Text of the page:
6 Tips for Fostering Engaged Remote Scrum Teams
By: Nikki Dent
With the onset of the novel Coronavirus, companies across the country and around the world are trying to navigate how to work remotely. Many developers are already accustomed to working remotely; Aptera has several full-time staff members who work from their homes. But if it’s new to you and your Scrum team, it can feel challenging to hold Scrum events and collaborate with your teammates across distances. To help, we’re sharing our top tips for collaborating and holding Scrum events when some or all of the team is remote.
1. Everyone Uses a Webcam
This is our number one tip for successful remote teamwork. When you’re on a call, everyone should have a webcam turned on. It’s much easier to connect and build rapport with your teammates when you can see their facial expressions and cues.
If you’re calling in with your webcam from your home, setting up your workspace to be webcam friendly is a good idea. For example, finding an area of your home with good lighting and a professional-looking background can help make you feel more confident turning your webcam on for meetings.
Having everyone on camera when the whole team is apart seems natural, but it’s also incredibly helpful when the team is split with a few in the office and a few remote. It can go a long way in making the remote workers feel included in conversation if everyone in the conference room turns on their personal webcams. They can set their individual audios to mute and all talk through a central speaker, but it provides the remote team members with a view of everyone’s facial expressions which can be key to understanding each other.
2. Connect on a Personal Level
Working remotely can feel isolating without coworkers to have casual conversation with throughout the day. A great way to promote team members connecting on a personal level is to finish your Daily Scrum with an icebreaker game, question of the day, or any other round robin style activity where each team member gets a chance to answer. This can help people not in the office feel connected with their team on a deeper level and spur more conversations to combat loneliness.
3. Get Creative with Collaboration & Camaraderie
When you can’t all sit down in a conference room and draw ideas out on a whiteboard, you’ll need to use a little creativity to recreate the experience. Luckily there are many collaboration tools teams have at their disposal. For example, Slack or a similar chat app is a great resource for asking teammates those quick questions that pop up throughout the day.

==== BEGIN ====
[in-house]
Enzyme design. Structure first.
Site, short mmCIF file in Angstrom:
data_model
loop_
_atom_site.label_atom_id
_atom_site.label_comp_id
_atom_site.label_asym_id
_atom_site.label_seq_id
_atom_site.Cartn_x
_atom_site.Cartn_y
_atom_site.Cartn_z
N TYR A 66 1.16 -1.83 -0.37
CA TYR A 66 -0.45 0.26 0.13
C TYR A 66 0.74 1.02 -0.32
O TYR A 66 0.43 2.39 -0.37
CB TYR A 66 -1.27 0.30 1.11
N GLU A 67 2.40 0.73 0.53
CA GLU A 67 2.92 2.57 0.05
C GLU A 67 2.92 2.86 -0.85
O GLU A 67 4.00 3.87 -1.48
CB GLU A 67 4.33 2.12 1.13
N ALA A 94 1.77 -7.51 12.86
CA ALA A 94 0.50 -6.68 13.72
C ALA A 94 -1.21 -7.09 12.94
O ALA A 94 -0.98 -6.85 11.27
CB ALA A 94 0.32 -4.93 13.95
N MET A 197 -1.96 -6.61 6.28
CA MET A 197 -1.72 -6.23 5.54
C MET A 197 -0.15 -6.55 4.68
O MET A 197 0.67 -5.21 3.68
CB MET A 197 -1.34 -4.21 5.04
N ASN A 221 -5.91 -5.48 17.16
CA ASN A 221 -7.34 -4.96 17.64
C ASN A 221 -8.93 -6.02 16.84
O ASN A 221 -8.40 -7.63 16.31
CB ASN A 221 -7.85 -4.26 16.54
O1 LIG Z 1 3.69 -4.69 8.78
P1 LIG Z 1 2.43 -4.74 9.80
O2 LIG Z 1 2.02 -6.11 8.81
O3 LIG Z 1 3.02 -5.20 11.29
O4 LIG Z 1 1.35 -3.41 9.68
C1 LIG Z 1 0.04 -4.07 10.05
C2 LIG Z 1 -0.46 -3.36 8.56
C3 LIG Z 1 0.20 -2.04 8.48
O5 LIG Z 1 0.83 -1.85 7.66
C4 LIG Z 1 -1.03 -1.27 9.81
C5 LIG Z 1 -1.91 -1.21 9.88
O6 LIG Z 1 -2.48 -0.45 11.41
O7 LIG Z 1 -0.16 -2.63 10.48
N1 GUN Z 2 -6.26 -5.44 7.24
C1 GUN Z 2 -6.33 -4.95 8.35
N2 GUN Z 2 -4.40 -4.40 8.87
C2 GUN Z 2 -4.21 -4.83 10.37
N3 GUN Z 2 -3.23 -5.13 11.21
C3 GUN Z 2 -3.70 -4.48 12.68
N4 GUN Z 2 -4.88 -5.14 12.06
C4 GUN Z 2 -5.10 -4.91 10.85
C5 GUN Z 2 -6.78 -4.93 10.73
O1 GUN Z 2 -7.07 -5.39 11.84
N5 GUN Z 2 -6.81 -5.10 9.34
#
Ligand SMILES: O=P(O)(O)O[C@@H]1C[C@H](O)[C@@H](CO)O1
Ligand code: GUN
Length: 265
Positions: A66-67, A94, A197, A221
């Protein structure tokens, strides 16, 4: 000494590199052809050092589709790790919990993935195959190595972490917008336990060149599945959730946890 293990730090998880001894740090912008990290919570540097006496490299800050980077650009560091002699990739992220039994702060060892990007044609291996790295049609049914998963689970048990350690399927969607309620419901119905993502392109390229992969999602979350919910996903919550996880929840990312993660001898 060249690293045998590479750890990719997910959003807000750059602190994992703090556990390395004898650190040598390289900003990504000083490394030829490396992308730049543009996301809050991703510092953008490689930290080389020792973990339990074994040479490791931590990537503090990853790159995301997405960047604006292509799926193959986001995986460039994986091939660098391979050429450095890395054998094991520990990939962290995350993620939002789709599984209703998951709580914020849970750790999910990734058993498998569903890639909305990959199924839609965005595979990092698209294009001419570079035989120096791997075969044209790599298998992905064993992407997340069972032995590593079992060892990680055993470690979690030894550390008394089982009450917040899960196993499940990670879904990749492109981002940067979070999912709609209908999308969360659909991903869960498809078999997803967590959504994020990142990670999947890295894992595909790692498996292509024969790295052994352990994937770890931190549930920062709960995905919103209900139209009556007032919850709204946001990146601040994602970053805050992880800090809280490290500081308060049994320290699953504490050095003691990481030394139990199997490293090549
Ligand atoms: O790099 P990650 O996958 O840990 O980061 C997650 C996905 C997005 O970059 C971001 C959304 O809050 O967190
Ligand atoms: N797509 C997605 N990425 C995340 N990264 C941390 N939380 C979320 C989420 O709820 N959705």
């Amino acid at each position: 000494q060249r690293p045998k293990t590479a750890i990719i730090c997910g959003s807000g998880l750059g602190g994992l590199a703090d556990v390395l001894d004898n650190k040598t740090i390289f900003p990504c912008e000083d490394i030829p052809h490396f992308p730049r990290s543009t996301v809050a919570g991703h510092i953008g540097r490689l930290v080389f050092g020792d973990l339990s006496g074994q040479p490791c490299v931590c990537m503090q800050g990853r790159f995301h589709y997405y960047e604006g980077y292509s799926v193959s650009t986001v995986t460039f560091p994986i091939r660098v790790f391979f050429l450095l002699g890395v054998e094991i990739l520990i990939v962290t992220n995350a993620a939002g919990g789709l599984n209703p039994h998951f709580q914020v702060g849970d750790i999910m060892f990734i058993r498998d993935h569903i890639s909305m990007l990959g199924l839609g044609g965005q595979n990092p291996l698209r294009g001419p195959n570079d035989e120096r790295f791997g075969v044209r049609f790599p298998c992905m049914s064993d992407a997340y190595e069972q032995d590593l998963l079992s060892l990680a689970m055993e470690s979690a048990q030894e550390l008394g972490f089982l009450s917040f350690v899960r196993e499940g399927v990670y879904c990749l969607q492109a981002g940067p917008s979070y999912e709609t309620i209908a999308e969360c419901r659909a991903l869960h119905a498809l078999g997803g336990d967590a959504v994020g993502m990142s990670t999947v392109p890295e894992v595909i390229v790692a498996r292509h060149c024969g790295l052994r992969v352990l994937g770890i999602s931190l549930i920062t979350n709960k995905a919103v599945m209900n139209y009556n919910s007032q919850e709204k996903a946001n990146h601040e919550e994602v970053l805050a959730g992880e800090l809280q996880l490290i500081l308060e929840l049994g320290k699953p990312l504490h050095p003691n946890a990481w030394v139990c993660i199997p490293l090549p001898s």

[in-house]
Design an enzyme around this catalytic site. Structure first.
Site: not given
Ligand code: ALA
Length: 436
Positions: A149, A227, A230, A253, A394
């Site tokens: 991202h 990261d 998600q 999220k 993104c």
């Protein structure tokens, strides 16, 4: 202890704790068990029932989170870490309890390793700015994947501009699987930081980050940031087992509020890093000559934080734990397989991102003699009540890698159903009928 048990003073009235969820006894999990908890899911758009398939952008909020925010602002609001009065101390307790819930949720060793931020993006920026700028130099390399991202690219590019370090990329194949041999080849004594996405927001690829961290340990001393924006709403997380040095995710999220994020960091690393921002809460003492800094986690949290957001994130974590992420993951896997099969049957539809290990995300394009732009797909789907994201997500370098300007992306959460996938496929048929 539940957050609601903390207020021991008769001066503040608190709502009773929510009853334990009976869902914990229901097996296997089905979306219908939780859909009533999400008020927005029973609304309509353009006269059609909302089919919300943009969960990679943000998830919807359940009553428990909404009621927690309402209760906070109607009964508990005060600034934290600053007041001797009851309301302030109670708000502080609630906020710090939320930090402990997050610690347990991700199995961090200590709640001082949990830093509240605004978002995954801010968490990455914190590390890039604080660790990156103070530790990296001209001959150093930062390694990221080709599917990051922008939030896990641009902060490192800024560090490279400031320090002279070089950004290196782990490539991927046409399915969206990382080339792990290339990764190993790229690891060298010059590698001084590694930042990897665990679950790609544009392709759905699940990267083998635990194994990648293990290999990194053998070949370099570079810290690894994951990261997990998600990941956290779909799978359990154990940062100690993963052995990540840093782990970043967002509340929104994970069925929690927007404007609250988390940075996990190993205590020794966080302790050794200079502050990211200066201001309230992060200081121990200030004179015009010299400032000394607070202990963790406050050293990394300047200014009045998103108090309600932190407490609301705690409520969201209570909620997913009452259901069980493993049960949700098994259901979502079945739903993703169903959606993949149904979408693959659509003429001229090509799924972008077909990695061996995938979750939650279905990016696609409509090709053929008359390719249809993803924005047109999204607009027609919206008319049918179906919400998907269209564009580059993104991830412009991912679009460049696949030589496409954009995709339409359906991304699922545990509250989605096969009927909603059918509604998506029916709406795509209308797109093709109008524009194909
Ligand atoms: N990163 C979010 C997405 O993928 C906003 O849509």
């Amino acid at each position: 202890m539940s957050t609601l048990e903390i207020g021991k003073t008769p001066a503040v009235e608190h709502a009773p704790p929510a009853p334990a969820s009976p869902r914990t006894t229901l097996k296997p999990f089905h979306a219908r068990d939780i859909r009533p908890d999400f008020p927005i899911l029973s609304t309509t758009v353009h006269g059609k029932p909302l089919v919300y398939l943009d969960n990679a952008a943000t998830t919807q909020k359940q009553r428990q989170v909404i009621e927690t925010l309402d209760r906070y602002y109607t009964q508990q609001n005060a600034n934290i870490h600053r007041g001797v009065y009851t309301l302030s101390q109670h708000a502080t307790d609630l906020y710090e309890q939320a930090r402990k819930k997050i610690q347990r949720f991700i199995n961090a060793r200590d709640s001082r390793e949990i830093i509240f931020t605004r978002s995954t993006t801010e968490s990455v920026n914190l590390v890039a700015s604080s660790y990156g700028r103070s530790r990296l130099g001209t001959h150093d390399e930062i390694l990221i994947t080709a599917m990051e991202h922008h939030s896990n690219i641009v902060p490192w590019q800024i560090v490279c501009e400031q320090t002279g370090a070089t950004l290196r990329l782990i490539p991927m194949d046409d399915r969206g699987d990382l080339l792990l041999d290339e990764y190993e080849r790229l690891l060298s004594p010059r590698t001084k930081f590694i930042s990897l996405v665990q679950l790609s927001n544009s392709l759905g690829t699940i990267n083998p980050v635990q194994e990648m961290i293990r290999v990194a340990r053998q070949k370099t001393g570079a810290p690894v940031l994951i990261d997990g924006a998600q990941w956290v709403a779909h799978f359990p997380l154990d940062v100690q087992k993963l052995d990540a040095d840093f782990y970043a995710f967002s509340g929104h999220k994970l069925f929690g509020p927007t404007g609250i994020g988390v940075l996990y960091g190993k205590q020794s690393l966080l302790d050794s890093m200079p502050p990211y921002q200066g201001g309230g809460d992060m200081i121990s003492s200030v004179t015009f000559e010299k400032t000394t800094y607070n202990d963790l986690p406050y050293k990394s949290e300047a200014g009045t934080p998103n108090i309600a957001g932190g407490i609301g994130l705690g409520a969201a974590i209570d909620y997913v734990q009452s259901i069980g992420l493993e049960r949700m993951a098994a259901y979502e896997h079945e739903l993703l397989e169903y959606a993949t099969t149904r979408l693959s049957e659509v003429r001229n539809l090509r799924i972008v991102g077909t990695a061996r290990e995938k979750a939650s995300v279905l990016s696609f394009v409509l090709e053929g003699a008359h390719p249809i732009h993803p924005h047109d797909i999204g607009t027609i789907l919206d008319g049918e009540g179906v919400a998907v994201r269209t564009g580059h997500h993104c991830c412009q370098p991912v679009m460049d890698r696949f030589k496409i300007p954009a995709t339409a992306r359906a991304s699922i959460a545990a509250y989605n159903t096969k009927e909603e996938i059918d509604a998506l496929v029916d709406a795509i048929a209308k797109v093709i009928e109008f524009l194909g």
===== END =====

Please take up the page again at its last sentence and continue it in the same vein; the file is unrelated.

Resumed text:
To recreate a group whiteboard session, Zoom offers a built-in digital whiteboard where team members can type or draw out ideas. Another option is for the team to share a Microsoft Word document in Office 365. Everyone can add their thoughts and see where others are typing.
Another creative solution that some of our team members are instituted is to have a Zoom room open all day to recreate the sense of walking up to someone’s desk. If your team needs to have a quick meeting, if you have a question for a particular person, or if you just want to have some watercooler conversation a dedicated Zoom room can facilitate all these things.
4. Encourage All Voices
It can be easy to zone out or sit back and not actively participate on conference calls, so it’s critically important to keep everyone engaged. Take the time in your Sprint Planning or Backlog Refinement meetings to ask remote team members by name if they have anything to add.
Another great way to make sure all voices are being heard is to take the temperature of discussions using a simple thumbs up or down in the camera. For example, in a Lean Coffee style Retrospective, you can ask everyone to hold their hands up to the camera with a thumb up or down if they’d like to continue discussing the current topic or not. It’s an easy way to not talk over one another and make sure everyone’s voice is heard.
5. Explore Video Conference Features
Explore the features your video conferencing solution offers out-of-the-box and then set up organization or team best practices for how to use them to help meetings be more efficient. Zoom, for example, has a built-in chat feature which is a great tool for sharing links or asking a question to a specific person without interrupting or sidetracking the whole group. There is also a “raise hand” feature in Zoom, so anyone can indicate that they’d like to speak next, which can help make sure that everyone has their voice heard without awkwardly talking over one another.
6. Use a Remote Retrospective Tool
Team Retro example. Image c/o Team Retro.
The Retrospective seems like the most challenging Scrum Event to have partially or fully remote because it requires such openness from the team. Luckily there are now tools you can use to help make the Retro process easier across distances. Azure DevOps now offers a built-in retro tool where you can anonymously collect feedback from the team, group items into like talking points, vote on which you’d like to discuss, and even sync action items directly to your team board.
Another great tool that we use at Aptera is Team Retro. This software requires a subscription but includes a couple nice extra features not included in the DevOps boards. Team Retro offers retrospective templates you can use to mix up the format of your meetings. It also lets you set timers, perform team health checks, and will publish action items to a variety of team boards or Slack.
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About Nikki Dent
Nikki is a technical copywriter for Aptera. With a bachelor’s degree in writing from Saint Mary’s College, Notre Dame, Ind., she has been honing her craft of marketing copywriting for the past six years. In her role at Aptera, Nikki enjoys learning and writing about the technology and strategy at work across the company.